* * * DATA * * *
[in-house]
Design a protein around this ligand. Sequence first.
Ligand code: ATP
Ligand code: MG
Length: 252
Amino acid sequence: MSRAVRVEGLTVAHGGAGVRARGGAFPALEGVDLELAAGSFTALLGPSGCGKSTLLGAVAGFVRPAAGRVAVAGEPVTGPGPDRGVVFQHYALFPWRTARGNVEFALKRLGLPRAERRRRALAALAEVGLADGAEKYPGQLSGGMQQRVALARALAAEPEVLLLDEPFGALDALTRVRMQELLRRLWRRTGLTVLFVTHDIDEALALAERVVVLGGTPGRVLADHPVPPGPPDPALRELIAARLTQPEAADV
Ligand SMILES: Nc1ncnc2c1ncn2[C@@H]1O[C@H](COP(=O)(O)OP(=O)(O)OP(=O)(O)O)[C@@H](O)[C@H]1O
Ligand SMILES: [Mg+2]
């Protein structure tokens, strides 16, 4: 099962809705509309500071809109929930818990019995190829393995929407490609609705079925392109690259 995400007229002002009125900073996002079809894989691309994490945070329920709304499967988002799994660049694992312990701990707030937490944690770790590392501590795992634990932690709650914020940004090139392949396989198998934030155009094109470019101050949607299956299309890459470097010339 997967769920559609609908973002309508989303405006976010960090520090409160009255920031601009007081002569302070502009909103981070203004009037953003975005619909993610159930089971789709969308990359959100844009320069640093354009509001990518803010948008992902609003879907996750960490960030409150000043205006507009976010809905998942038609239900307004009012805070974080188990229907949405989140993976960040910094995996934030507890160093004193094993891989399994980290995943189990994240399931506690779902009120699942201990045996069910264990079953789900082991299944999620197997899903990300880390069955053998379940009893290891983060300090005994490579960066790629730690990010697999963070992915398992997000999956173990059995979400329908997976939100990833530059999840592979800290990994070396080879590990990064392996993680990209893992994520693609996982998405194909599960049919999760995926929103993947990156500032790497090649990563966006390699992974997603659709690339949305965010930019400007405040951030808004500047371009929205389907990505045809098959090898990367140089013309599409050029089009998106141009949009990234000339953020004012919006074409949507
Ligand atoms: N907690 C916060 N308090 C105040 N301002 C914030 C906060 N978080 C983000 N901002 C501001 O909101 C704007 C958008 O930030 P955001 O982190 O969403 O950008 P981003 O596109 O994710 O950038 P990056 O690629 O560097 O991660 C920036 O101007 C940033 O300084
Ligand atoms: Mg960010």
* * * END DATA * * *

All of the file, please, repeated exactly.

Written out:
[in-house]
Design a protein around this ligand. Sequence first.
Ligand code: ATP
Ligand code: MG
Length: 252
Amino acid sequence: MSRAVRVEGLTVAHGGAGVRARGGAFPALEGVDLELAAGSFTALLGPSGCGKSTLLGAVAGFVRPAAGRVAVAGEPVTGPGPDRGVVFQHYALFPWRTARGNVEFALKRLGLPRAERRRRALAALAEVGLADGAEKYPGQLSGGMQQRVALARALAAEPEVLLLDEPFGALDALTRVRMQELLRRLWRRTGLTVLFVTHDIDEALALAERVVVLGGTPGRVLADHPVPPGPPDPALRELIAARLTQPEAADV
Ligand SMILES: Nc1ncnc2c1ncn2[C@@H]1O[C@H](COP(=O)(O)OP(=O)(O)OP(=O)(O)O)[C@@H](O)[C@H]1O
Ligand SMILES: [Mg+2]
């Protein structure tokens, strides 16, 4: 099962809705509309500071809109929930818990019995190829393995929407490609609705079925392109690259 995400007229002002009125900073996002079809894989691309994490945070329920709304499967988002799994660049694992312990701990707030937490944690770790590392501590795992634990932690709650914020940004090139392949396989198998934030155009094109470019101050949607299956299309890459470097010339 997967769920559609609908973002309508989303405006976010960090520090409160009255920031601009007081002569302070502009909103981070203004009037953003975005619909993610159930089971789709969308990359959100844009320069640093354009509001990518803010948008992902609003879907996750960490960030409150000043205006507009976010809905998942038609239900307004009012805070974080188990229907949405989140993976960040910094995996934030507890160093004193094993891989399994980290995943189990994240399931506690779902009120699942201990045996069910264990079953789900082991299944999620197997899903990300880390069955053998379940009893290891983060300090005994490579960066790629730690990010697999963070992915398992997000999956173990059995979400329908997976939100990833530059999840592979800290990994070396080879590990990064392996993680990209893992994520693609996982998405194909599960049919999760995926929103993947990156500032790497090649990563966006390699992974997603659709690339949305965010930019400007405040951030808004500047371009929205389907990505045809098959090898990367140089013309599409050029089009998106141009949009990234000339953020004012919006074409949507
Ligand atoms: N907690 C916060 N308090 C105040 N301002 C914030 C906060 N978080 C983000 N901002 C501001 O909101 C704007 C958008 O930030 P955001 O982190 O969403 O950008 P981003 O596109 O994710 O950038 P990056 O690629 O560097 O991660 C920036 O101007 C940033 O300084
Ligand atoms: Mg960010």